Crisis Averted: Phoenix Extends Rural Water Shutoff Deadline

In a much-anticipated decision, the City of Phoenix announced today it will extend a deadline to allow water-hauling companies to use water from city hydrants to serve up to 1,500 rural homeowners who do not have working wells. “Wonderful news,” said the leader of a community group that’s been lobbying for the extension, worried that water prices would double or triple otherwise.

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Phoenix ‘Re-Evaluating’ Year-End Shutoff of Rural Water Supply

The City of Phoenix is re-evaluating its Dec. 31 deadline to shut off the supply of hydrant water trucked to residents of New River and Desert Hills, Phoenix Councilwoman Thelda Williams said this morning. No decision has been made, however. The city is waiting on word from EPCOR as to when the station will be operational. EPCOR just provided North Phoenix News with an estimate for completion.

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EPCOR Gets State OK on Water Rates for New River & Desert Hills

The Arizona Corporation Commission yesterday approved a water rate request by the utility EPCOR for service to rural residents via a water-hauling station tentatively planned to be built on Anthem property. The nod is one of two green lights EPCOR needs to provide water to New River and Desert Hills residents before a Dec. 31 deadline that’ll leave up to 1,500 homes without water.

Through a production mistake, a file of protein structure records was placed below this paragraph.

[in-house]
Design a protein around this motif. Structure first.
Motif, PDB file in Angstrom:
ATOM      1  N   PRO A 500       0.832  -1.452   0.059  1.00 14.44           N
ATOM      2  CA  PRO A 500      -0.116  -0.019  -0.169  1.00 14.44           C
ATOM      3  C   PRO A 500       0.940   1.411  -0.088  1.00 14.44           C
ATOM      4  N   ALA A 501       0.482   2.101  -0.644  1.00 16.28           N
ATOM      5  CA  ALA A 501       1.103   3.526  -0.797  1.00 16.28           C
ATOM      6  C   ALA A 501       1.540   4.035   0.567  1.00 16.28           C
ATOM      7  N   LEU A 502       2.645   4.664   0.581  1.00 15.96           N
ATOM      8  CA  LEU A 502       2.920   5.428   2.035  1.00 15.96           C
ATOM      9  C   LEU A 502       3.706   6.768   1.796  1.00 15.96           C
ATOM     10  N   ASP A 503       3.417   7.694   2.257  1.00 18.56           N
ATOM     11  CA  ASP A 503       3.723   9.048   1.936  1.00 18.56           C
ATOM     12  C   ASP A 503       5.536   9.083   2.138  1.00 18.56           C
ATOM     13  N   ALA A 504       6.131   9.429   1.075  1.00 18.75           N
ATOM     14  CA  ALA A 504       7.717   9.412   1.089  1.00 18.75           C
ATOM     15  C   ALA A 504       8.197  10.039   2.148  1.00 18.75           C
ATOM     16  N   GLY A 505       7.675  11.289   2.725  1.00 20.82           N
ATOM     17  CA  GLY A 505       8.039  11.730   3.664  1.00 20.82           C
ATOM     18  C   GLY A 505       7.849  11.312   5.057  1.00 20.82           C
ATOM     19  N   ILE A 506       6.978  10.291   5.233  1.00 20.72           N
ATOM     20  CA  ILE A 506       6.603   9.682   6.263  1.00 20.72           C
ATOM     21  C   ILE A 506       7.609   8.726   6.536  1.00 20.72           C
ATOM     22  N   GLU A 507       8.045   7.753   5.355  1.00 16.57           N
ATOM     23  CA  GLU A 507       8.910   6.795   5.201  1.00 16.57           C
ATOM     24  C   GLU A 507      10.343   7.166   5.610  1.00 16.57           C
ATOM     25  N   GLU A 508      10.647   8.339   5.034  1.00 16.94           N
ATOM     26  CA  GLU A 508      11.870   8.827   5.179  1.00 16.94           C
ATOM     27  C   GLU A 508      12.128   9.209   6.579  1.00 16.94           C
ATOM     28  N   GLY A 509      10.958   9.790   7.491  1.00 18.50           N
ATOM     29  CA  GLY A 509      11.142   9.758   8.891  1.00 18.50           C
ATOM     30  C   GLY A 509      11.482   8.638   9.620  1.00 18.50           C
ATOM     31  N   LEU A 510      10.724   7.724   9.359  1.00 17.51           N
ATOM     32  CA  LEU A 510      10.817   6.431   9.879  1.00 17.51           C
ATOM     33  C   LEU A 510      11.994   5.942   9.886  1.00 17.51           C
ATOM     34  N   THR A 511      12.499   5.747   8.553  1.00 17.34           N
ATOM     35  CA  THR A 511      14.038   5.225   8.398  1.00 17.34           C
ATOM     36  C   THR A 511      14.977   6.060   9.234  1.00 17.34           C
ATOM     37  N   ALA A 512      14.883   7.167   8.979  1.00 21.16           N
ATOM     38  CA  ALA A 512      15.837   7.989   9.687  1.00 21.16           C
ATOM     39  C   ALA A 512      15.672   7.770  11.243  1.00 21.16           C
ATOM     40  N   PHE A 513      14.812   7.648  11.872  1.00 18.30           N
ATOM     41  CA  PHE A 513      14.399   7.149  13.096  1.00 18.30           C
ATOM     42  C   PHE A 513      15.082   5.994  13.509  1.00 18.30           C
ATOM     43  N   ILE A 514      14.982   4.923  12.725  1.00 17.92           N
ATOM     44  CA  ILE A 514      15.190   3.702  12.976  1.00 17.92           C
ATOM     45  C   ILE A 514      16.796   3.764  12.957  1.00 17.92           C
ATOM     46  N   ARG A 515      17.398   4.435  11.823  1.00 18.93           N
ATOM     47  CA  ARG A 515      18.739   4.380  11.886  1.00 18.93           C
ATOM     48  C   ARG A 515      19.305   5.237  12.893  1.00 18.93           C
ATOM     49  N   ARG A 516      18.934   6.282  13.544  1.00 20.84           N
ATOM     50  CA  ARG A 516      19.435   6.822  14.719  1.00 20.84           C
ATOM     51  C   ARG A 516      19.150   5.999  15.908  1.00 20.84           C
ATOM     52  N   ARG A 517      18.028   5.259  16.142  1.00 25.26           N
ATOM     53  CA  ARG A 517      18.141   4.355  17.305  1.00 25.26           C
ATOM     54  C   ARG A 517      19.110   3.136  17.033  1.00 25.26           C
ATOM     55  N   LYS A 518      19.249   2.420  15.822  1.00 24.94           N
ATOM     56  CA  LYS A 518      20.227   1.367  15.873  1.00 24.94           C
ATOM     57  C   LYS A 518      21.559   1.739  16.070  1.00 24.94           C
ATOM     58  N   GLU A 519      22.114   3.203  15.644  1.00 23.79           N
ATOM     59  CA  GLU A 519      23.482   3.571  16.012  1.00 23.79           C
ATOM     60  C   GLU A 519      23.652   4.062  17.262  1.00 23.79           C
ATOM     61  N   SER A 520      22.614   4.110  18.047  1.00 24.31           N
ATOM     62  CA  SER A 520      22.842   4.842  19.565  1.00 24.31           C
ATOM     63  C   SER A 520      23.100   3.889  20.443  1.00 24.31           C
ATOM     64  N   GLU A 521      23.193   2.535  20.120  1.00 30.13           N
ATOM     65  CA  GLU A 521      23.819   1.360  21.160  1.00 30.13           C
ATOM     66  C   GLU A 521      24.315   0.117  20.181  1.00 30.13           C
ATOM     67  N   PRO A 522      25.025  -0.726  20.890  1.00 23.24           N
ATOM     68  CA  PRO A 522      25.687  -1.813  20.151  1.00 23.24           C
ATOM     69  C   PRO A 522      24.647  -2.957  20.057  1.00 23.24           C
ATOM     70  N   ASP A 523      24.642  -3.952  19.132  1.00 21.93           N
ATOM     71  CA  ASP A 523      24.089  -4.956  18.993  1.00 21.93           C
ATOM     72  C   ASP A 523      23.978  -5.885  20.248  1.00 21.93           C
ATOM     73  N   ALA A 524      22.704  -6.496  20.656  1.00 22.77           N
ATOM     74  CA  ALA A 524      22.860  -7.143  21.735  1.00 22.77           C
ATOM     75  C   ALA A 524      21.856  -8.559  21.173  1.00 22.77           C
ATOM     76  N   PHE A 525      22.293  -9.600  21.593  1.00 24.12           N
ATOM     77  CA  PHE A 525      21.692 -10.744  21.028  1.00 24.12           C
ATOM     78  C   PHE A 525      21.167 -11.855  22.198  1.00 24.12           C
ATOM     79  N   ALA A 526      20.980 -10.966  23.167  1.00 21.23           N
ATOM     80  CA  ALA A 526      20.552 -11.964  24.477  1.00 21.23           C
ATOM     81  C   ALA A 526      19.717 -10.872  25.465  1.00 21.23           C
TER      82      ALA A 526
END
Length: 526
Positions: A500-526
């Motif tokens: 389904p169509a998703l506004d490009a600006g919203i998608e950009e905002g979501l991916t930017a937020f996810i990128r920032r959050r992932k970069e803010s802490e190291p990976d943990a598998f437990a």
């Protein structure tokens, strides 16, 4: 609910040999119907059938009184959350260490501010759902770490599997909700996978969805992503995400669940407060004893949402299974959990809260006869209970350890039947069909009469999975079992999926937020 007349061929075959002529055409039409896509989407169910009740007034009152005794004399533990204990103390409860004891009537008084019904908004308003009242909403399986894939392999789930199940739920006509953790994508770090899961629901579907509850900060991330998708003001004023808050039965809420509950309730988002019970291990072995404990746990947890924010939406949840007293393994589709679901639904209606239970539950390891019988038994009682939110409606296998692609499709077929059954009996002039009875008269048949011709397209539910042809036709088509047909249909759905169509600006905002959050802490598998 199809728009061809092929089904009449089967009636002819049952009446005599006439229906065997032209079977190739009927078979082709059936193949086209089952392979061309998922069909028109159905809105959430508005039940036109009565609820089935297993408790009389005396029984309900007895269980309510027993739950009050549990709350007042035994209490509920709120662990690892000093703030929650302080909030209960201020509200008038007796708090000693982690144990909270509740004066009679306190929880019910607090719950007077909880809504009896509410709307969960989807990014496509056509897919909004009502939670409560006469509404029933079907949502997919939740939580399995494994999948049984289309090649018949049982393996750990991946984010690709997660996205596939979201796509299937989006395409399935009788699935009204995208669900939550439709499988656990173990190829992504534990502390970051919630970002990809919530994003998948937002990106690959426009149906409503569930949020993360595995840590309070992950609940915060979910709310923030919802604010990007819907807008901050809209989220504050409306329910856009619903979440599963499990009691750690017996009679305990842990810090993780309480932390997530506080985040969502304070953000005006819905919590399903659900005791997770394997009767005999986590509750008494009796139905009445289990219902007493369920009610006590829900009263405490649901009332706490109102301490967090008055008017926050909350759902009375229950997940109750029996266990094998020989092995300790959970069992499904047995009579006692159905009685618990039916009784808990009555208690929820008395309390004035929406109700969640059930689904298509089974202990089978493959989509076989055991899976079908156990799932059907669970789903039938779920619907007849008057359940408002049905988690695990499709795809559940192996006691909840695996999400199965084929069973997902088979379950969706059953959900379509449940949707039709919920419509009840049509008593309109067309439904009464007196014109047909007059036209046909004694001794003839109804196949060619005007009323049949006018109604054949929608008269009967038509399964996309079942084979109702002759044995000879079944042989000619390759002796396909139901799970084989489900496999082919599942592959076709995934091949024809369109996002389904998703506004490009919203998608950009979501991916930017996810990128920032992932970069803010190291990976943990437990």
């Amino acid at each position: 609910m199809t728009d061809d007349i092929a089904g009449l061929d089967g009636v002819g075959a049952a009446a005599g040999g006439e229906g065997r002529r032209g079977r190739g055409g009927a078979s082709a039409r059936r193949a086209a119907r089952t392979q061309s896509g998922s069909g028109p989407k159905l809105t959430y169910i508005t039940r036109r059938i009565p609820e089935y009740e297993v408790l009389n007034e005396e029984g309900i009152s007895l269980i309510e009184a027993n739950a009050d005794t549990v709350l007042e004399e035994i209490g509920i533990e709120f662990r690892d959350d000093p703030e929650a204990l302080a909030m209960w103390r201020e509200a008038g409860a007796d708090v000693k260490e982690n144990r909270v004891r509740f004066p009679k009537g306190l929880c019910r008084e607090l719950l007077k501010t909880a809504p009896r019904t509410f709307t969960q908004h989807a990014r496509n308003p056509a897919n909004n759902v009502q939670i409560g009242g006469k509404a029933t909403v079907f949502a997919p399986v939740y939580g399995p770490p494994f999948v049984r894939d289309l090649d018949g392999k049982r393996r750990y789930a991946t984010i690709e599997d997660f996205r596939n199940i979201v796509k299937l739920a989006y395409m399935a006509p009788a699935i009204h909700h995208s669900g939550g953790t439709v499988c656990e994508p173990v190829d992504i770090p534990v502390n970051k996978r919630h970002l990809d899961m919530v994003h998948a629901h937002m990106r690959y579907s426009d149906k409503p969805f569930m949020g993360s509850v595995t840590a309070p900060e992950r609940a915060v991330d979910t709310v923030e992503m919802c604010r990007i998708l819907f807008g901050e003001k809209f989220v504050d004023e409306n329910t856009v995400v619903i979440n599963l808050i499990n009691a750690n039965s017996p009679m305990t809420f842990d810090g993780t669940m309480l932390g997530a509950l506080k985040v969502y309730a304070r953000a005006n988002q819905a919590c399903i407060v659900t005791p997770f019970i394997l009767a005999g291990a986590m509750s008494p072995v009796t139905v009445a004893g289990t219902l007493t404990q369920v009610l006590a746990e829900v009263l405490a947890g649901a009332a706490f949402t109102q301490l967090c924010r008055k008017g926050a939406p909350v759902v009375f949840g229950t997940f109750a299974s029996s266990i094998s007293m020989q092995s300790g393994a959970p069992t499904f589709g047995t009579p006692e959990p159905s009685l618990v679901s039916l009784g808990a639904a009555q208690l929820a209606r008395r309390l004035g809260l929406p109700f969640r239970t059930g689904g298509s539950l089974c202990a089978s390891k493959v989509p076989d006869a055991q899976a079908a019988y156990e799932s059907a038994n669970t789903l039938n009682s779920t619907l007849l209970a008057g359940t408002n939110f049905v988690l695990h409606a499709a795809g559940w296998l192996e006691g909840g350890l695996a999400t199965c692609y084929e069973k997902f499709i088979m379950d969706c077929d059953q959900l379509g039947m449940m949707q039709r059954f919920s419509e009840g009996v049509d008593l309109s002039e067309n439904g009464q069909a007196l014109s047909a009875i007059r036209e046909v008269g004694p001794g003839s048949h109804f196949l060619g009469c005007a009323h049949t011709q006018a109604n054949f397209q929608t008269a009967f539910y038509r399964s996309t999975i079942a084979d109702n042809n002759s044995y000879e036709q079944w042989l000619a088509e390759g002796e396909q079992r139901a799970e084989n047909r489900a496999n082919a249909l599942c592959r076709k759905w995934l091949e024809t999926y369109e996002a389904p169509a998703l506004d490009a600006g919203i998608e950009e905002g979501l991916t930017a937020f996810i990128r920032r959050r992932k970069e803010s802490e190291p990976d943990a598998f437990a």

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Anthem & EPCOR’s Plan to Solve Rural Water Woes Flows Forward

A proposal by EPCOR to build a water-hauling station on Anthem property to serve homeowners in New River and Desert Hills moved closer to resolution this week, though a final decision by Anthem isn’t expected until Nov. 15 as negotiators rework the agreement’s fine points. Rural residents face a shut-off of trucked-in water from the City of Phoenix Dec. 31. “We’re going to do this deal,” said council board member Bob McKenzie, echoing the sentiments of other board members. “It’s just a matter of how we get there.”

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EPCOR Seeks Revenue Hike & Water District Consolidation

The water utility serving Anthem’s east side aims to consolidate its 11 Arizona districts and create a new rate structure that would spike rates for the average Anthem customer 42 percent in the first year then drop each of the next four years, ultimately to a level roughly 12 percent below today’s rates. If consolidation is not approved, the alternative proposal would cost Anthem residents a lot more.

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Anthem & EPCOR Race to Solve Rural Water Crisis

On the verge of desperation, residents of New River and Desert Hills got tentative good news last night, when Anthem Community Council voted in a special meeting to negotiate a deal with EPCOR to supply trucked water to hundreds of homes that could otherwise go dry or face skyrocketing costs Dec. 31, when the City of Phoenix shuts them off. Council aims to serve existing homes only, not new construction. EPCOR said the proposal won’t affect water rates in Anthem.

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